All Glossary terms found in this site are listed below.

Adaptive Management: A structured, iterative process of systematically testing assumptions to learn, adapt and improve decision-making in the face of uncertainty. Adaptive management encompasses the design, management and monitoring of a strategy.

Biodiversity: the variability within and among all living organisms and the ecological complexes in which they occur. Biodiversity includes ecosystem or community diversity, species diversity, genetic diversity and the ecological and evolutionary processes that sustain it.

Community of Practice (CoP): As defined by Etienne Wenger, who coined the term, a CoP is a group "of people who share a concern or a passion for something they do and learn how to do it better as they interact regularly...[reflecting] the fundamentally social nature of human learning." A CoP exists when a learning community shares a domain, a community and a practice.

Conceptual model: A conceptual model is a tool for visually depicting the context we want to change and, in particular, the major forces that are influencing nature and people within the scope analyzed.  It is a diagram that uses a series of boxes and arrows to succinctly represent a set of causal relationships among factors that are believed to impact one or more conservation targets.

Conservation Action Planning (CAP): CAP is the precursor to the Open Standards for Conservation. CAP is a framework developed by The Nature Conservancy in the 1990s to help practitioners focus their conservation strategies on a limited number of biodiversity elements (conservation targets), articulate the threats to these conservation targets, and then measure and adaptively manage the resulting strategies over time. CAP was a foundational conservation planning approach for the Conservancy used extensively internally and by partners until the mid-2000s. Since the mid-2000s, the Open Standards (see below) has expanded and improved on CAP, and thus it is the more current methodology. Conservation by Design 2.0 and the Open Standards are intended to update and replace that workbook and we urge practitioners to use them instead of CAP.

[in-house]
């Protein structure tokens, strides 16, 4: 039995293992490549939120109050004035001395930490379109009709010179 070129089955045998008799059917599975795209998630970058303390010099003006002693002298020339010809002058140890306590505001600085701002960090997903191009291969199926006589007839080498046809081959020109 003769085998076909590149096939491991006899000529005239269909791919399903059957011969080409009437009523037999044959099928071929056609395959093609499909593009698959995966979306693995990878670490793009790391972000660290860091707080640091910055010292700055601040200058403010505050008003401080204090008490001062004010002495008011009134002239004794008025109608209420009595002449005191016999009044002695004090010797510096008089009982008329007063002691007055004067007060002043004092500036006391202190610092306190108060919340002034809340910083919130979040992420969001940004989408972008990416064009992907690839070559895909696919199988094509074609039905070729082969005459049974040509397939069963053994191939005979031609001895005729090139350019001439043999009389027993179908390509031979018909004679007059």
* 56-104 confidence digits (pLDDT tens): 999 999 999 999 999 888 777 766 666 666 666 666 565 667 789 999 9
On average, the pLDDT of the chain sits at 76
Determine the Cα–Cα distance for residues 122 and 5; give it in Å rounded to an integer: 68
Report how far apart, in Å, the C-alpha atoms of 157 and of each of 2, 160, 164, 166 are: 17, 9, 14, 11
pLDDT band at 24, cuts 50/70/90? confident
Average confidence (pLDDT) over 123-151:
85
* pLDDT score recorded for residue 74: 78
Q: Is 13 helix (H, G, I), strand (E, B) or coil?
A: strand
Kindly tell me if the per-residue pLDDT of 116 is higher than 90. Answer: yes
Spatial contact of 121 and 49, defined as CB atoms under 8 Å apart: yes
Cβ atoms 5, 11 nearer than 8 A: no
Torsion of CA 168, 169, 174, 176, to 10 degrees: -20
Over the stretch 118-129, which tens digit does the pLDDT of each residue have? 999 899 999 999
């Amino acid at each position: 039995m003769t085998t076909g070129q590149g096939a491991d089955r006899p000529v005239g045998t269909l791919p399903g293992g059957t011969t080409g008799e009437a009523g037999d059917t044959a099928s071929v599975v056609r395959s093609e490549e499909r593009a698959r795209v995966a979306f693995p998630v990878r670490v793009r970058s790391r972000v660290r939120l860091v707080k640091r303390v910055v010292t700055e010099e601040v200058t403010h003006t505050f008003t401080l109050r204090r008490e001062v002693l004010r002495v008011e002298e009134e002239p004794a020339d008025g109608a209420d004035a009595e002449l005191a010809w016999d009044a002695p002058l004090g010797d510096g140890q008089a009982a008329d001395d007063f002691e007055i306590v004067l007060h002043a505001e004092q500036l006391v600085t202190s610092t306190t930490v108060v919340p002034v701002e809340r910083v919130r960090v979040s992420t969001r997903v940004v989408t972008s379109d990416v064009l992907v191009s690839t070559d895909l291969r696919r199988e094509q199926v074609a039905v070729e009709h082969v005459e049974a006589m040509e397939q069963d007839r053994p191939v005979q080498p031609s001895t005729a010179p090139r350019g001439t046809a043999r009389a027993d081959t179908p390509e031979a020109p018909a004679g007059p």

Conservation Business Planning: this was the previous iteration of the Conservancy's conservation planning approach. CbD 2.0 Guidance replaces Conservation Business Planning (CBP). Note that the majority of CBP attributes were carried forward into this Guidance. The principle objective of conservation business planning was to clarify expectations and help managers and teams focus on what is most important and useful in planning, as well as produce brief, useful and dynamic conservation business plans. Interested staff can find archived information about CBP here

Conservation Coaches Network (CCNet): A formal network of practitioners who have been trained in the Open Standards and in coaching others to use them. CCNet is global, with over 500 trained coaches from 60 countries. Please see Appendix B for more information about CCNet.

Conservation Target: is a type of primary interest that is directly associated with biodiversity. It is defined as entities, traits, processes or values we aim to conserve, it can include species, ecosystems and other aspects of biodiversity, as well as, environmental services or natural processes.